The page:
# Type of the installation target.
type = HARDWARE

# A path to the physical root of the target.
physical_root = /mnt/sysimage

# A path to the system root of the target.
system_root = /mnt/sysroot

# Should we install the network configuration?
can_configure_network = True


[Network]
# Network device to be activated on boot if none was configured so.
# Valid values:
#
#   NONE                   No device
#   DEFAULT_ROUTE_DEVICE   A default route device
#   FIRST_WIRED_WITH_LINK  The first wired device with link
#
default_on_boot = NONE


[Payload]
# Default package environment.
default_environment =

# List of ignored packages.
ignored_packages =

# Names of repositories that provide latest updates.
updates_repositories =

# List of .treeinfo variant types to enable.
# Valid items:
#
#   addon
#   optional
#   variant
#
enabled_repositories_from_treeinfo = addon optional variant

# Enable installation from the closest mirror.
enable_closest_mirror = True

# Enable possibility to skip packages with conflicts and broken dependencies.
enable_ignore_broken_packages = True

# Default installation source.
# Valid values:
#
#    CLOSEST_MIRROR  Use closest public repository mirror.
#    CDN             Use Content Delivery Network (CDN).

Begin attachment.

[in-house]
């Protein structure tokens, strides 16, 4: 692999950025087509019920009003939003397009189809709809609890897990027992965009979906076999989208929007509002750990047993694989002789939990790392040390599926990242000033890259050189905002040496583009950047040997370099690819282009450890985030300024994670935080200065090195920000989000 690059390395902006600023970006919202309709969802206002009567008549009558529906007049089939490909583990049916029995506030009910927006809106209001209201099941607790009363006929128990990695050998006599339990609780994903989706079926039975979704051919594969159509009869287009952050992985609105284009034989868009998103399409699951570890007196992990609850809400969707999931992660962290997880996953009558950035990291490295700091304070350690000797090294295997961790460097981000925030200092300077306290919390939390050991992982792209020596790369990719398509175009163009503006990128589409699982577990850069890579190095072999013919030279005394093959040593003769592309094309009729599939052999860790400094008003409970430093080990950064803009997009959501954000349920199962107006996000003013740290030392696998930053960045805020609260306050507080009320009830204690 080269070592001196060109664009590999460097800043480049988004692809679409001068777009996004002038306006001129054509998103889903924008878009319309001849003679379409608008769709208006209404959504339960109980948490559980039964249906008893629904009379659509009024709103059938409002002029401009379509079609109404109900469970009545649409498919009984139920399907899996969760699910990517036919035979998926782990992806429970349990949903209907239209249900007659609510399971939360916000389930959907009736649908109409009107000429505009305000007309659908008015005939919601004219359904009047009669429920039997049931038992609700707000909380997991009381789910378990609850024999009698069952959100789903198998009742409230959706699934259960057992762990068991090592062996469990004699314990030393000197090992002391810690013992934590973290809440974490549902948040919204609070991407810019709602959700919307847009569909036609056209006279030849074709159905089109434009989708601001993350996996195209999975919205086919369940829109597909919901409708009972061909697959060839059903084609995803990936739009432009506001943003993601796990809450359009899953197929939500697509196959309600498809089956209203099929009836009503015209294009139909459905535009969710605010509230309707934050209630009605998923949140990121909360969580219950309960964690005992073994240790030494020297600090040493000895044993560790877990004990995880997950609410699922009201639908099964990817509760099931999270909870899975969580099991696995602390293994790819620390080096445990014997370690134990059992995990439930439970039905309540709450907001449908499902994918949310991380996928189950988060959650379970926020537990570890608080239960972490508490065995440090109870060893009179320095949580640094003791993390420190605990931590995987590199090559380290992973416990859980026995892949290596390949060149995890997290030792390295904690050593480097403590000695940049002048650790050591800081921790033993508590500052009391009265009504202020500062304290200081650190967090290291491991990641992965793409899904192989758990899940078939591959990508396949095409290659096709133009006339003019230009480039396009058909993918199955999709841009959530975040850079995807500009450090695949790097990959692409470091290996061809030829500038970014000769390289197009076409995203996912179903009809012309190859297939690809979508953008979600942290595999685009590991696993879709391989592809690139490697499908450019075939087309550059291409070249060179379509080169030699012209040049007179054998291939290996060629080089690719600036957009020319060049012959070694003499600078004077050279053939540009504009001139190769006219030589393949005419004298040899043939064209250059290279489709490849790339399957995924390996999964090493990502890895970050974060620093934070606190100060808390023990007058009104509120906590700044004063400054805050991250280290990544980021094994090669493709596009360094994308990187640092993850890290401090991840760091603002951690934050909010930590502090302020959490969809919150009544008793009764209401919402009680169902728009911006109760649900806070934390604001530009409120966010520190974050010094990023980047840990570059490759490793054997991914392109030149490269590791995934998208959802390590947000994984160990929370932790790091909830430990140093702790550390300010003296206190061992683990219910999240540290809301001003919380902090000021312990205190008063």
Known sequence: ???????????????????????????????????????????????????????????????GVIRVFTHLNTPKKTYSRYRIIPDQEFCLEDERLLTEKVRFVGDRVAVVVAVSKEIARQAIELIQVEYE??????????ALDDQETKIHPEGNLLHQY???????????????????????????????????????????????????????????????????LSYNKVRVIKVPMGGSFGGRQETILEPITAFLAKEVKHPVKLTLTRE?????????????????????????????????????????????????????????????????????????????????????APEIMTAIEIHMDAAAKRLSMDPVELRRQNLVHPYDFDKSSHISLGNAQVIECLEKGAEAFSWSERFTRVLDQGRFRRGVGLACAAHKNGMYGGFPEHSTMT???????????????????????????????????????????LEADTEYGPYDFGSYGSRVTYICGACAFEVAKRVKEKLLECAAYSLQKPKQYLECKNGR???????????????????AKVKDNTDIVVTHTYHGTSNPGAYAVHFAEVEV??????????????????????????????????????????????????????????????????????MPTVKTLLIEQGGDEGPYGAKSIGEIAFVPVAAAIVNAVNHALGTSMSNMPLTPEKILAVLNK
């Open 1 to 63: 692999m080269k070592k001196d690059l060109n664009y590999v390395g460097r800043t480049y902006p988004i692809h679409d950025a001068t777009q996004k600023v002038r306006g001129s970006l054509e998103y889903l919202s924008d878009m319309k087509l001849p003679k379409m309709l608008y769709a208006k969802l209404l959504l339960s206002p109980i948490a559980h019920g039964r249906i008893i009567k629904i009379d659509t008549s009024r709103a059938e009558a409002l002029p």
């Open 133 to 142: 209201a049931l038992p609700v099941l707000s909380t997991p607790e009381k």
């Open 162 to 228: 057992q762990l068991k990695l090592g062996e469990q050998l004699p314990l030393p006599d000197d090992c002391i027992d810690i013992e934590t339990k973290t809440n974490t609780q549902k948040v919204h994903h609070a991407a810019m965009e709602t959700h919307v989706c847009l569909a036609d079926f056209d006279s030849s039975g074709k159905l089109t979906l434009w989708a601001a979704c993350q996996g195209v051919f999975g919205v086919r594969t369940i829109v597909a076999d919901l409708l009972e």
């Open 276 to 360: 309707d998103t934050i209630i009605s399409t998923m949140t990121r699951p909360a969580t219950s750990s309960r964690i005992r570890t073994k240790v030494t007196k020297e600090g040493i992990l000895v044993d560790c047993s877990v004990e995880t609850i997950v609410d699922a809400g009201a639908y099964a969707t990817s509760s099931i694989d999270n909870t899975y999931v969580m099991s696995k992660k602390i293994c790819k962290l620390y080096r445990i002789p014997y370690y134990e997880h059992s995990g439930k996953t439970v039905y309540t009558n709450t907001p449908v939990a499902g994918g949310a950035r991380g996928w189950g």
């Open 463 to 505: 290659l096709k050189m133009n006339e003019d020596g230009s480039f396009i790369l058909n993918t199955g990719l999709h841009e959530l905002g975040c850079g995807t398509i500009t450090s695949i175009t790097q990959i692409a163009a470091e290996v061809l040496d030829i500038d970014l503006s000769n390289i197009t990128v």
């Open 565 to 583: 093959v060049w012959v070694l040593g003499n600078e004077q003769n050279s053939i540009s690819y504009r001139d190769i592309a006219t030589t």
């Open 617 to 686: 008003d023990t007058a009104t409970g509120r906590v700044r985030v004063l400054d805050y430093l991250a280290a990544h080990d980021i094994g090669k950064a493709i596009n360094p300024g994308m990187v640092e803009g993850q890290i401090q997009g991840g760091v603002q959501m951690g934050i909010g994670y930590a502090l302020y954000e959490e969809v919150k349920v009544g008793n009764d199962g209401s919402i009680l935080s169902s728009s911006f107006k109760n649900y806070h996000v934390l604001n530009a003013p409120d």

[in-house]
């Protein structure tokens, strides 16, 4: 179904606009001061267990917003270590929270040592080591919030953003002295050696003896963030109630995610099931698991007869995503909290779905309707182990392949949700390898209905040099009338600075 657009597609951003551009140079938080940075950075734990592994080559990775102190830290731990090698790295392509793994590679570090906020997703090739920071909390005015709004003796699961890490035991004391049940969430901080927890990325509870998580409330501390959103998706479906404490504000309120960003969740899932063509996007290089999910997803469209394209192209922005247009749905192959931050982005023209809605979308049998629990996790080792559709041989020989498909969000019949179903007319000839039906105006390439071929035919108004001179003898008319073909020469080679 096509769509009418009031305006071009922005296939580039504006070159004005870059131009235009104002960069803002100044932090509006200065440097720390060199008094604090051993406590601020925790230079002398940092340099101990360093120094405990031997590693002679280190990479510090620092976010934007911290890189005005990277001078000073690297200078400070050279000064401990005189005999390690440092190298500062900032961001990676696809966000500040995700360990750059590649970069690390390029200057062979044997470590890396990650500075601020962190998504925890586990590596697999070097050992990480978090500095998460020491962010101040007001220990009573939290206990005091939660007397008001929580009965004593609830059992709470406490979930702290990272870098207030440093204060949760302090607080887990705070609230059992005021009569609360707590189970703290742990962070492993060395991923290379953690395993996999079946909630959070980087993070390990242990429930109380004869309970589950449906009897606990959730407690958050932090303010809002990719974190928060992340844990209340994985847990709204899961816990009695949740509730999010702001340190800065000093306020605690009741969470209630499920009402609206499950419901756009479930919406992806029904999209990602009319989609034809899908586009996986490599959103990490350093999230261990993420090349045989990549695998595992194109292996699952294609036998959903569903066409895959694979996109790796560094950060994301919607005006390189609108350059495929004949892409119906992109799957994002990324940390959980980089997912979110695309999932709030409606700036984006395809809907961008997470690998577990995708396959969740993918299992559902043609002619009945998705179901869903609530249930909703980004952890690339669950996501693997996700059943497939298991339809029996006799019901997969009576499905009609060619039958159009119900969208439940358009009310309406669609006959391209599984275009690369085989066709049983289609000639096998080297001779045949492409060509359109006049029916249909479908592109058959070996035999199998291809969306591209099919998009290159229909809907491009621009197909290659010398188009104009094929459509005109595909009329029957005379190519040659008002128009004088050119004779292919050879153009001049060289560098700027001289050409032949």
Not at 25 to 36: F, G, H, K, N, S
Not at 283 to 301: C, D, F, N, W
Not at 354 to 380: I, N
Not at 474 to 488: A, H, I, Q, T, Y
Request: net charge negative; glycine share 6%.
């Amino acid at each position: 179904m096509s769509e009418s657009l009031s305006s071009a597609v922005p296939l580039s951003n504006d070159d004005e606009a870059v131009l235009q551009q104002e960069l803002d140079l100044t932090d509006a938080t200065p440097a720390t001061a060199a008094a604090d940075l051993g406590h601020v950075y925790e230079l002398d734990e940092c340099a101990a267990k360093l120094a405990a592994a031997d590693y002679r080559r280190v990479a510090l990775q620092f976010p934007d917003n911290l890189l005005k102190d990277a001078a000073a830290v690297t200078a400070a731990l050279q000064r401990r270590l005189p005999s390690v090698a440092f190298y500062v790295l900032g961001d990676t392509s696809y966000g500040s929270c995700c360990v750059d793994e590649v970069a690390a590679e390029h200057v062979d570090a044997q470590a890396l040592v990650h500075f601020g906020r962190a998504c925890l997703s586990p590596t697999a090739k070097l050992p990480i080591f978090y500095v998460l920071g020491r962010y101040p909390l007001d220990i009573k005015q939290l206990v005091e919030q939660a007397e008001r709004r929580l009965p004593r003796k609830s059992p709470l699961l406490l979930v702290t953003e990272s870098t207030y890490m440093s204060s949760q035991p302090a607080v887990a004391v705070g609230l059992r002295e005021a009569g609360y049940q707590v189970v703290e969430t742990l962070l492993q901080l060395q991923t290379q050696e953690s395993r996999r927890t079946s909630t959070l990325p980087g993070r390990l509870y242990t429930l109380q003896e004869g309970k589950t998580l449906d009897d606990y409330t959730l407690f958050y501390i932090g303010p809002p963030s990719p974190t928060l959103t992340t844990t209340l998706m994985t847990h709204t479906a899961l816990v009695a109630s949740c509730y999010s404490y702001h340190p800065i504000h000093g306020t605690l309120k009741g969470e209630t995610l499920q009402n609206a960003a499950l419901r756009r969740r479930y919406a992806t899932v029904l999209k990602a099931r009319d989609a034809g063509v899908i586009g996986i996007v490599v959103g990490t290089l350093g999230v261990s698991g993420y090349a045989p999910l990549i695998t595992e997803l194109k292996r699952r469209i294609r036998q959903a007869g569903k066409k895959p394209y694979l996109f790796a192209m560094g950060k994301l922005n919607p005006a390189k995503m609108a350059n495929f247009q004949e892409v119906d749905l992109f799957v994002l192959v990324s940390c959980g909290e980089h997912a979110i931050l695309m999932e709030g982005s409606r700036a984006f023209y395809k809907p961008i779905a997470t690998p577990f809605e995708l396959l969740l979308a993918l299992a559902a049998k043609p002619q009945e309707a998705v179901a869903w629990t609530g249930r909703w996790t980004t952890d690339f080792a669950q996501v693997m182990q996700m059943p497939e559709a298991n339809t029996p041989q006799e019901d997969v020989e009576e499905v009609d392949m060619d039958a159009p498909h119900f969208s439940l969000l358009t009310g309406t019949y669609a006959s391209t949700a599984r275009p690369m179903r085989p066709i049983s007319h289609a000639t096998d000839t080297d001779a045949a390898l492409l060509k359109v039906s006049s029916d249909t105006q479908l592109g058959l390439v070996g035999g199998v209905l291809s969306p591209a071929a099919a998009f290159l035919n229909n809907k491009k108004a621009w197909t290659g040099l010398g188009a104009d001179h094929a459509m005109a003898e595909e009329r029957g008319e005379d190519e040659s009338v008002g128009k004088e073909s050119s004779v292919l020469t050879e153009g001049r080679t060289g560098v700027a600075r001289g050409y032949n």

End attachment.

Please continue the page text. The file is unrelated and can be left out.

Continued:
#
default_source = CLOSEST_MIRROR

# Enable ssl verification for all HTTP connection
verify_ssl = True

# GPG keys to import to RPM database by default.
# Specify paths on the installed system, each on a line.
# Substitutions for $releasever and $basearch happen automatically.
default_rpm_gpg_keys =

[Security]
# Enable SELinux usage in the installed system.
# Valid values:
#
#  -1  The value is not set.
#   0  SELinux is disabled.
#   1  SELinux is enabled.
#
selinux = -1


[Bootloader]
# Type of the bootloader.
# Supported values:
#
#   DEFAULT   Choose the type by platform.
#   EXTLINUX  Use extlinux as the bootloader.
#
type = DEFAULT

# Name of the EFI directory.
efi_dir = default

# Hide the GRUB menu.
menu_auto_hide = False

# Are non-iBFT iSCSI disks allowed?
nonibft_iscsi_boot = False

# Arguments preserved from the installation system.
preserved_arguments =
    cio_ignore rd.znet rd_ZNET zfcp.allow_lun_scan
    speakup_synth apic noapic apm ide noht acpi video
    pci nodmraid nompath nomodeset noiswmd fips selinux
    biosdevname ipv6.disable net.ifnames net.ifnames.prefix
    nosmt


[Storage]
# Enable dmraid usage during the installation.
dmraid = True

# Enable iBFT usage during the installation.
ibft = True

# Do you prefer creation of GPT disk labels?
gpt = False

# Tell multipathd to use user friendly names when naming devices during the installation.
multipath_friendly_names = True

# Do you want to allow imperfect devices (for example, degraded mdraid array devices)?
allow_imperfect_devices = False

# Btrfs compression algorithm and level. e.g. zstd:1
btrfs_compression =

# Default file system type. Use whatever Blivet uses by default.
file_system_type =

# Default partitioning.
# Specify a mount point and its attributes on each line.
#
# Valid attributes:
#
#   size <SIZE>    The size of the mount point.
#   min <MIN_SIZE> The size will grow from MIN_SIZE to MAX_SIZE.